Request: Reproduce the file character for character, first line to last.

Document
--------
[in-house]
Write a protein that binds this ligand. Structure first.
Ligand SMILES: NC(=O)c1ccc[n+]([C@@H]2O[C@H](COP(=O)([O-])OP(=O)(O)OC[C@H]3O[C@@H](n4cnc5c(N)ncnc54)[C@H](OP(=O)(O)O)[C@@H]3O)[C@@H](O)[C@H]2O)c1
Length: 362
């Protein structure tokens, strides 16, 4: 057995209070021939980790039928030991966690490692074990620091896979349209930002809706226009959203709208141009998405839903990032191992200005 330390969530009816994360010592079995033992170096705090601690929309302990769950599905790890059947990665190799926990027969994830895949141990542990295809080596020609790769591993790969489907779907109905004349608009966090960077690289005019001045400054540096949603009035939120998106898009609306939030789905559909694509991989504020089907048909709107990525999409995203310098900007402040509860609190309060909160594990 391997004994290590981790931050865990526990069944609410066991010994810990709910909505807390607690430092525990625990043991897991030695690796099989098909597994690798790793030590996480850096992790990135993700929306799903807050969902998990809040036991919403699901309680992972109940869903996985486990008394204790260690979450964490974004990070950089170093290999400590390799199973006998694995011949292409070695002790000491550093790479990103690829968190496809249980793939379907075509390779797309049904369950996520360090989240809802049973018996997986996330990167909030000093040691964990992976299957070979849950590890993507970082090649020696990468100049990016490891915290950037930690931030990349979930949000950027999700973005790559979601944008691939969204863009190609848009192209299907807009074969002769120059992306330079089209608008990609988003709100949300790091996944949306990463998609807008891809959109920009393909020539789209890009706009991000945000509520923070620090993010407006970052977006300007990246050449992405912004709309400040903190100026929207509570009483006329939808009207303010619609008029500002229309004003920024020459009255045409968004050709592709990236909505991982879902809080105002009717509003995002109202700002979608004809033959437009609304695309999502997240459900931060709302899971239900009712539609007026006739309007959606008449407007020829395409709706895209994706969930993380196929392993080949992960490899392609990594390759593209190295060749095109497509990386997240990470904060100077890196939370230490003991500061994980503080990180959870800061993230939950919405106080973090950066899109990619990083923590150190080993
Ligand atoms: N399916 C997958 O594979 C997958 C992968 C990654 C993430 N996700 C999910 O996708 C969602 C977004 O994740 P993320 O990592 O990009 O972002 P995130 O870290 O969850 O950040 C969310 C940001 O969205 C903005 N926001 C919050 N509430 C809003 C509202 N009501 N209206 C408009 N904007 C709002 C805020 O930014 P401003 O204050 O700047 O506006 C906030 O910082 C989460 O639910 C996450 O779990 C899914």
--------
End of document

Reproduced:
[in-house]
Write a protein that binds this ligand. Structure first.
Ligand SMILES: NC(=O)c1ccc[n+]([C@@H]2O[C@H](COP(=O)([O-])OP(=O)(O)OC[C@H]3O[C@@H](n4cnc5c(N)ncnc54)[C@H](OP(=O)(O)O)[C@@H]3O)[C@@H](O)[C@H]2O)c1
Length: 362
């Protein structure tokens, strides 16, 4: 057995209070021939980790039928030991966690490692074990620091896979349209930002809706226009959203709208141009998405839903990032191992200005 330390969530009816994360010592079995033992170096705090601690929309302990769950599905790890059947990665190799926990027969994830895949141990542990295809080596020609790769591993790969489907779907109905004349608009966090960077690289005019001045400054540096949603009035939120998106898009609306939030789905559909694509991989504020089907048909709107990525999409995203310098900007402040509860609190309060909160594990 391997004994290590981790931050865990526990069944609410066991010994810990709910909505807390607690430092525990625990043991897991030695690796099989098909597994690798790793030590996480850096992790990135993700929306799903807050969902998990809040036991919403699901309680992972109940869903996985486990008394204790260690979450964490974004990070950089170093290999400590390799199973006998694995011949292409070695002790000491550093790479990103690829968190496809249980793939379907075509390779797309049904369950996520360090989240809802049973018996997986996330990167909030000093040691964990992976299957070979849950590890993507970082090649020696990468100049990016490891915290950037930690931030990349979930949000950027999700973005790559979601944008691939969204863009190609848009192209299907807009074969002769120059992306330079089209608008990609988003709100949300790091996944949306990463998609807008891809959109920009393909020539789209890009706009991000945000509520923070620090993010407006970052977006300007990246050449992405912004709309400040903190100026929207509570009483006329939808009207303010619609008029500002229309004003920024020459009255045409968004050709592709990236909505991982879902809080105002009717509003995002109202700002979608004809033959437009609304695309999502997240459900931060709302899971239900009712539609007026006739309007959606008449407007020829395409709706895209994706969930993380196929392993080949992960490899392609990594390759593209190295060749095109497509990386997240990470904060100077890196939370230490003991500061994980503080990180959870800061993230939950919405106080973090950066899109990619990083923590150190080993
Ligand atoms: N399916 C997958 O594979 C997958 C992968 C990654 C993430 N996700 C999910 O996708 C969602 C977004 O994740 P993320 O990592 O990009 O972002 P995130 O870290 O969850 O950040 C969310 C940001 O969205 C903005 N926001 C919050 N509430 C809003 C509202 N009501 N209206 C408009 N904007 C709002 C805020 O930014 P401003 O204050 O700047 O506006 C906030 O910082 C989460 O639910 C996450 O779990 C899914």